Health care is an industry that many of us experience firsthand, whether receiving treatment for an illness or injury or simply getting an annual check-up. In the third quarter of 2015, health care and social assistance was the second-leading contributor to the 2 percent increase in the U.S. economy’s growth, providing 0.38 percentage point to real GDP.
Of particular interest: health care and social assistance accelerated from July through September, after decelerating for three consecutive quarters. (We describe an industry as accelerating when its growth in the current quarter is faster than its growth in the previous quarter. Conversely, we describe an industry as decelerating when its growth in the current quarter is slower than its growth in the previous quarter.)
We learn even more about what is happening inside the health care sector when we dig down into the underlying detail tables that we introduced last quarter.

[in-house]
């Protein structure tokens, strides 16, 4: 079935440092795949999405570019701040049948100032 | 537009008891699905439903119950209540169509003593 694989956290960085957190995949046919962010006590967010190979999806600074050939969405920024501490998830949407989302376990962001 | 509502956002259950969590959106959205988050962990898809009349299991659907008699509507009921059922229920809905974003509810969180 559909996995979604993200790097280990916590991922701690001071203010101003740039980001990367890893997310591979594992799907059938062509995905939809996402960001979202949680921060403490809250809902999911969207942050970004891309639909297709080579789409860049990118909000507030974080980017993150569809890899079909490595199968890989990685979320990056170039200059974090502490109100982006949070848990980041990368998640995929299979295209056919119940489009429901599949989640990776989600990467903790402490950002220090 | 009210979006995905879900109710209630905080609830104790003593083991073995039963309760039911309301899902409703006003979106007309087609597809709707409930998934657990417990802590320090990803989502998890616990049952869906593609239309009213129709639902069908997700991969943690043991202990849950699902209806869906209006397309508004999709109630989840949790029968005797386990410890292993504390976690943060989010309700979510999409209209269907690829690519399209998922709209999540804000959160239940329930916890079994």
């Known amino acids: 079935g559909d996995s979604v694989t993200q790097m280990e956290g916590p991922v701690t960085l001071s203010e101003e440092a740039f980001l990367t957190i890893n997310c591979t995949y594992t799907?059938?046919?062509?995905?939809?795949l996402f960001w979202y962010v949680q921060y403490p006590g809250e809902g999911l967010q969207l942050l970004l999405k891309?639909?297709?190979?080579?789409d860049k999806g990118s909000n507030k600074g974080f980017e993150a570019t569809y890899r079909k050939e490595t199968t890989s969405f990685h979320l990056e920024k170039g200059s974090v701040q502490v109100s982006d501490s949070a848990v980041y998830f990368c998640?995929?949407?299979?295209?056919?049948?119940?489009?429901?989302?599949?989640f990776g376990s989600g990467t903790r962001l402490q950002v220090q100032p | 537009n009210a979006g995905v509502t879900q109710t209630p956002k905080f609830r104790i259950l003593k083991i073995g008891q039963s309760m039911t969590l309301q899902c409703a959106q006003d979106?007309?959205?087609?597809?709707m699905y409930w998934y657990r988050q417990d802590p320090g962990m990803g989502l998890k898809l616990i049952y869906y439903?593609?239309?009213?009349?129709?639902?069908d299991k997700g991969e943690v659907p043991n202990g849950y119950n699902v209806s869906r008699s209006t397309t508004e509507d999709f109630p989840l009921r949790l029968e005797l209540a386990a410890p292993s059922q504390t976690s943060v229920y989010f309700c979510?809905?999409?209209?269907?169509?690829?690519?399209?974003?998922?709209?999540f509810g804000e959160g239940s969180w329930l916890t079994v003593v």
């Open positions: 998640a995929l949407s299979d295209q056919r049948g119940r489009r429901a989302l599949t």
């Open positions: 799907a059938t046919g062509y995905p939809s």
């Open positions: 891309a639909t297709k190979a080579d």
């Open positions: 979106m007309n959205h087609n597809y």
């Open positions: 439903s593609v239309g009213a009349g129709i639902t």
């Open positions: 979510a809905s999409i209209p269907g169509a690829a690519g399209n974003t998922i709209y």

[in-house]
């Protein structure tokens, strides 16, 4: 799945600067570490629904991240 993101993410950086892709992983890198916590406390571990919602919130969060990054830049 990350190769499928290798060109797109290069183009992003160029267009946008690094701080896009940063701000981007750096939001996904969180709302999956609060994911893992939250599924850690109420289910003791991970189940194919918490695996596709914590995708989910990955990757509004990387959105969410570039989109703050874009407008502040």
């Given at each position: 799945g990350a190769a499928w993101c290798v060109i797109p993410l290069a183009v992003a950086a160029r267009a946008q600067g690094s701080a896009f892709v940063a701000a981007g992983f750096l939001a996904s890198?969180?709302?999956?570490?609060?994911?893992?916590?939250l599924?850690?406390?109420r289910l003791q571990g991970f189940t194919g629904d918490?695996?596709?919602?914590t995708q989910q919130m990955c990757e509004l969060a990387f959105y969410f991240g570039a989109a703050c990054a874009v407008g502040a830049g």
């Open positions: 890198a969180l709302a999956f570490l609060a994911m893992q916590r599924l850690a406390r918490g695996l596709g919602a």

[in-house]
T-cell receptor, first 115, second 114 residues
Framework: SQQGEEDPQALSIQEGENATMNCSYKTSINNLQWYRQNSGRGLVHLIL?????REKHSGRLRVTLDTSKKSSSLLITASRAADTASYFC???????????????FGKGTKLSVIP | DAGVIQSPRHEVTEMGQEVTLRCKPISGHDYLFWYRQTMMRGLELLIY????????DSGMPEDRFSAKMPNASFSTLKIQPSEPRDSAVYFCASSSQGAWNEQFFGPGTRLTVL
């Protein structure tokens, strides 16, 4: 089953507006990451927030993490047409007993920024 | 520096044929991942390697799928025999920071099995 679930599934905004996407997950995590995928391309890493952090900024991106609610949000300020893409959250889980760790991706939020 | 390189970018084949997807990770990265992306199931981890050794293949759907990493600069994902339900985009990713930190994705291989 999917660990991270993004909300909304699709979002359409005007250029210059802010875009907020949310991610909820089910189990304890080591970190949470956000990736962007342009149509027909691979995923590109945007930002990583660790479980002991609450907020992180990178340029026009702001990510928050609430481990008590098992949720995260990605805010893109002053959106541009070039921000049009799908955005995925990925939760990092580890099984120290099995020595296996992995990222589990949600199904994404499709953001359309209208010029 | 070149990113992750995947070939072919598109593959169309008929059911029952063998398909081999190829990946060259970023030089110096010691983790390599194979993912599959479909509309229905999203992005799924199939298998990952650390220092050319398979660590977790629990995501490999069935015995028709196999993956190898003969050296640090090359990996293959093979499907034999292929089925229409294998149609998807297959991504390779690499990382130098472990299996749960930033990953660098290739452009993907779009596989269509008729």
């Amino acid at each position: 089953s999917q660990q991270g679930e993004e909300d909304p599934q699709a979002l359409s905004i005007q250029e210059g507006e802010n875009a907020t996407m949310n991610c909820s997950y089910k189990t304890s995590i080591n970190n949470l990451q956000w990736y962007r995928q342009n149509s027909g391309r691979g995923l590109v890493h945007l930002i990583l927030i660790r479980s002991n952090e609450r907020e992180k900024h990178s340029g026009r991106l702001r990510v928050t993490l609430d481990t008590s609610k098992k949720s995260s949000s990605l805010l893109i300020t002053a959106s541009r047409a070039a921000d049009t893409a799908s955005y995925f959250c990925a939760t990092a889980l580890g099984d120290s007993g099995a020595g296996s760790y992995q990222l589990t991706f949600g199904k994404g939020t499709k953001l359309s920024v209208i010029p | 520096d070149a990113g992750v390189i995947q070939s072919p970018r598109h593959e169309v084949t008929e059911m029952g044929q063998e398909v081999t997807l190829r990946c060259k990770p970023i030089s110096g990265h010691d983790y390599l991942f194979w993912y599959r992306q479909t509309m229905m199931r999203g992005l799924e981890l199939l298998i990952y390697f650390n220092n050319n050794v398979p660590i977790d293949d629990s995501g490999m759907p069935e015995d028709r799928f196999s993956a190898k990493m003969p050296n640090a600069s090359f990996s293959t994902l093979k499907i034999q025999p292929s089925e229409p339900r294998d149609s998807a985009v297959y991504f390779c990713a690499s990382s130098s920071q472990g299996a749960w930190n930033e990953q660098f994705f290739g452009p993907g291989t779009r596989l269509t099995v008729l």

Health care and social assistance consists of four underlying industries—ambulatory health care services, hospitals, nursing and residential care facilities, and social assistance. A glance at the contributions of the underlying industries reveals that three of the four industries had actually been declining for two quarters.
However, growth in ambulatory health care services (which includes outpatient-services providers such as physicians, dentists, or optometrists) had hidden those declines. In the third quarter those three industries stopped declining and started growing again, which explains why health care and social assistance as a whole both grew and accelerated during the period.
Combining all of these observations from just a handful of tables allows one to paint a rich picture of what’s actually going on in the economy. What started as a relatively straightforward story—“health care grew in the third quarter”—becomes far more interesting when we begin to look at how that growth changed from previous quarters and how different parts of the industry fared.